Post Tagged with: "Culture"

Diplomacy by Nick Youngson CC BY-SA 3.0 Alpha Stock Images http://alphastockimages.com/

Canadian Copyright Diplomacy: My Appearance before the Senate Standing Committee on Foreign Affairs

Last week, I appeared before the Senate Standing Committee on Foreign Affairs as part of its study on the impact and utilization of culture and arts in foreign policy and diplomacy. I was asked to consider the impact of Canadian copyright in foreign diplomacy, leading to an interesting and engaging discussion that touched on everything from the changes to the IP provisions in the TPP to the legality of streaming services. My opening remarks, which emphasized the potential for Canada to engage in copyright diplomacy by serving as model for other countries, is posted below.

Read more ›

February 7, 2018 0 comments News
Stop the TPP by Backbone Campaign (CC BY-NC-SA 2.0) https://flic.kr/p/fKgaBo

Canada Successfully Stands Up For Balanced IP and Canadian Culture in TPP Deal

While the NAFTA negotiations in Montreal were expected to be the lead trade story this week, the Trans Pacific Partnership talks in Tokyo have stolen the show with the remaining 11 countries reaching agreement on a deal that is likely to be signed in March. Canada faced intense criticism last year from some TPP partners (particularly Japan and Australia) over its demands to address concerns with the agreement. That sparked some Canadian business groups to quickly call on the government to simply cave in order to conclude a deal. Global Affairs Minister Chrystia Freeland and International Trade Minister François-Philippe Champagne rightly argued that capitulation is not a negotiating strategy and they now come away with an improved (albeit still flawed) agreement.

Read more ›

January 23, 2018 6 comments News
Maryland State House by Danny Huizinga (CC BY 2.0) https://flic.kr/p/onmk19

Canadian Heritage Minister Joly Hints Many Cultural Groups Don’t Comply With Lobbyist Reporting Rules

Canadian Heritage Minister Melanie Joly appeared before the Standing Committee on Canadian Heritage yesterday, facing questions from MPs on a range of digital culture issues. In light of reports this week on lobbying efforts by Internet companies, Joly was asked about meetings with companies such as Google. Joly defended her interactions by noting that the meetings included discussions on Canadian content and emphasizing that she has had hundreds of meetings with cultural groups. That isn’t particularly surprising, but what should raise concerns was her suggestion that the groups rarely register the meetings in the lobbyist registry as required by law.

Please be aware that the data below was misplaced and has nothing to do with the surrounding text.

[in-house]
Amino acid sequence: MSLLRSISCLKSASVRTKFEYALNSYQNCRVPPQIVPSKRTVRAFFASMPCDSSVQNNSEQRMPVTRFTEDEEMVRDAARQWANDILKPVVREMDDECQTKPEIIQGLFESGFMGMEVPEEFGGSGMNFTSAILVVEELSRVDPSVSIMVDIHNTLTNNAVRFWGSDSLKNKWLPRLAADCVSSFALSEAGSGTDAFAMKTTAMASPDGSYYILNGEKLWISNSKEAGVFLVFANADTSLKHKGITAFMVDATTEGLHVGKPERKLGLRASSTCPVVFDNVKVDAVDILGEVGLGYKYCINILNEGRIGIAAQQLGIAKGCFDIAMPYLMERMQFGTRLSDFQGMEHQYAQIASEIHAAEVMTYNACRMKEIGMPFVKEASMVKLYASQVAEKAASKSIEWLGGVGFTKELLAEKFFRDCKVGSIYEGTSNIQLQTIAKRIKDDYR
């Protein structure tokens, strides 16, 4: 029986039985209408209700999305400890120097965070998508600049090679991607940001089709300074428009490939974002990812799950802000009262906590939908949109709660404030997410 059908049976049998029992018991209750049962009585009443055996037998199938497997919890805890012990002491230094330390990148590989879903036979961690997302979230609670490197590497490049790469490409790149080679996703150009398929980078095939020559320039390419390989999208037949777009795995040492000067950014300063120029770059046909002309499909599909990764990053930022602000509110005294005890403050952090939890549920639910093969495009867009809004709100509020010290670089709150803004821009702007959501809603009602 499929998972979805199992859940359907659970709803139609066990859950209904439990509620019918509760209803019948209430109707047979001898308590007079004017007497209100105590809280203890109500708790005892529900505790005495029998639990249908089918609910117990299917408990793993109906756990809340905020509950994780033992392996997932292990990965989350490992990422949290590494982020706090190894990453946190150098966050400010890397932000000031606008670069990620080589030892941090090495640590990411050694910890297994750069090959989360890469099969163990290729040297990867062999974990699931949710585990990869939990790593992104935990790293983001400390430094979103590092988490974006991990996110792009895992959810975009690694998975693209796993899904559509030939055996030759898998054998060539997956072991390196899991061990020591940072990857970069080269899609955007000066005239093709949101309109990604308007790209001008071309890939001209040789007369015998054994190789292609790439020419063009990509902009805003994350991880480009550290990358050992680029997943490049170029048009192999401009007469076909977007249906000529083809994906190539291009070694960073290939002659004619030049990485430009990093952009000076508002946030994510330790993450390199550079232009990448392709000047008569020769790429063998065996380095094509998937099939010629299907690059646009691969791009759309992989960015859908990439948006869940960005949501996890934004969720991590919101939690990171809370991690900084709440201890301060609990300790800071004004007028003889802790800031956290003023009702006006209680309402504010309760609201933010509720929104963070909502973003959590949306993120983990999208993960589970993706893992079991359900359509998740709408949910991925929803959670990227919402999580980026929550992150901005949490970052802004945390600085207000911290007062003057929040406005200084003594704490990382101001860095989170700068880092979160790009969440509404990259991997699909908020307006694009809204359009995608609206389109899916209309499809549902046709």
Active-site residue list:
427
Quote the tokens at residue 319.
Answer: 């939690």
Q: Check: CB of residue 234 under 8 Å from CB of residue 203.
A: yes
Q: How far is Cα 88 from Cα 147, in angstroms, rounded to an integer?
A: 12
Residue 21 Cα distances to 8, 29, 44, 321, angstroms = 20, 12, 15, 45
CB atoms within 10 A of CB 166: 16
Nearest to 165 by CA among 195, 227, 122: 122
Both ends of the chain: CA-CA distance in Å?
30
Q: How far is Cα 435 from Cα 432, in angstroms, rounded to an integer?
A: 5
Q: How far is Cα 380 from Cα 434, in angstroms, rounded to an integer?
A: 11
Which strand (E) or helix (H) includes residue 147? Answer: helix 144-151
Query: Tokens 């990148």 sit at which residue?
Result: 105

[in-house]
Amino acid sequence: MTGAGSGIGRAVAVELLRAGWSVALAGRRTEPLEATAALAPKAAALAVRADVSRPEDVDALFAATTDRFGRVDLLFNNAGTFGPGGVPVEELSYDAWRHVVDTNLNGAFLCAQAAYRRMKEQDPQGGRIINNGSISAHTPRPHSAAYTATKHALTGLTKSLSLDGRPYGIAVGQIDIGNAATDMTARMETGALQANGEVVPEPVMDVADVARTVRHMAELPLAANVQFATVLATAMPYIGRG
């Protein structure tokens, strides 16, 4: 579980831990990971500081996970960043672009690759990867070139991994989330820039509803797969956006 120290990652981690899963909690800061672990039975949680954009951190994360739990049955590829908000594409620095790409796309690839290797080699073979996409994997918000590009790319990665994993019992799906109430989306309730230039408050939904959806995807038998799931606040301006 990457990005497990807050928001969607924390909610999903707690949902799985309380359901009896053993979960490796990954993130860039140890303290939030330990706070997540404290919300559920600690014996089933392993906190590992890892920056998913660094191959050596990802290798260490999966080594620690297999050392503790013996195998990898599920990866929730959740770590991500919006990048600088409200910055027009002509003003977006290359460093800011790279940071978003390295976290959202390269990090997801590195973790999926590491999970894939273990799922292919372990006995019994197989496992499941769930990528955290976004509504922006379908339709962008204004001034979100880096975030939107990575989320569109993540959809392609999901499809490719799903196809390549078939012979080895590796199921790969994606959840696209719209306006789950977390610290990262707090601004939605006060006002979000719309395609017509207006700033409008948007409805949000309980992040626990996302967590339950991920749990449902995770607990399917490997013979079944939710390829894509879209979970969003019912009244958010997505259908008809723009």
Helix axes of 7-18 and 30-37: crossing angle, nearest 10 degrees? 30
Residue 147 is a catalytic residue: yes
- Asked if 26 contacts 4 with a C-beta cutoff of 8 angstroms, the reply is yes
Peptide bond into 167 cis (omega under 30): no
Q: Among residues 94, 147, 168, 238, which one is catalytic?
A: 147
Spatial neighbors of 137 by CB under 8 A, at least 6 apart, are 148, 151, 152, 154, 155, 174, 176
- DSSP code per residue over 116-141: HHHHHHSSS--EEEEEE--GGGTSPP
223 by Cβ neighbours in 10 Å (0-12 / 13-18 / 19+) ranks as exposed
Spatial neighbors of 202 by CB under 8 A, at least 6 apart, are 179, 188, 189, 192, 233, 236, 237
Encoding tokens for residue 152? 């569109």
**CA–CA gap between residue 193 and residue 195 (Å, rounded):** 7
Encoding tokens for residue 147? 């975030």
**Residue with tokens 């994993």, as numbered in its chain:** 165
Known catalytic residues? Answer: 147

Joly told the committee:

the reality is that it’s very rare that the cultural sector registers with lobbyists. I’ve had many more contacts with the cultural sector. I’ve had tens, hundreds of meetings with them throughout the country, in French or in English…I’ve had many more meetings with them than the platforms.

Read more ›

November 3, 2017 3 comments News
What Is it to Be Human in the Fourth Industrial Revolution? by World Economic Forum (CC BY-NC-SA 2.0) https://flic.kr/p/Q2JwZA

Joly’s Challenge: Digital Cancon Without New Digital Tax Dollars

After months of public consultation and debate, Canadian Heritage Minister Mélanie Joly will unveil the government’s plan for Canadian content in a digital world this week. Joly launched the digital Cancon consultation in the spring of 2016 by emphasizing that all policy options were on the table, but the choices have narrowed considerably in recent months.

My Globe and Mail op-ed notes that a potential Netflix tax was a non-starter due to a 2015 election campaign commitment, Prime Minister Justin Trudeau eliminated the possibility of an Internet tax in June, and the government has steadfastly (and rightly) defended net neutrality, meaning there will be no mandated prioritization of Canadian content on the Internet.

Read more ›

September 27, 2017 2 comments Columns
Netflix - Generic Photo - Creative Commons by Matthew Keys (CC BY-ND 2.0) https://flic.kr/p/vsTUgA

Unnecessary at Best, Harmful at Worst: Melanie Joly Seeks Global Consensus on Culture Contributions from Digital Services

Canadian Heritage Minister Melanie Joly heads to UNESCO this week where, according to the Globe and Mail, she will be focused on making the case for a common approach on mandatory cultural contributions from companies such as Netflix. Joly states:

I’ve always said we are ready to have conversations with those companies and those platforms. We are already engaged with them, and will continue to do so. But on a general level, it is obvious that the more we are able to have a concerted approach among countries on this issue, the better we will be able to make sure it is a priority.

Joly’s goal would appear to be to develop a universal position at UNESCO that countries could then leverage to force companies such as Netflix to comply with local content regulations. I’m quoted in the article to the effect that efforts to harmonize sales taxes on digital services makes sense at a global level, but targeting companies like Netflix with new regulations or tinkering with the Internet in violation of fundamental net neutrality principles does not.

Read more ›

December 12, 2016 8 comments News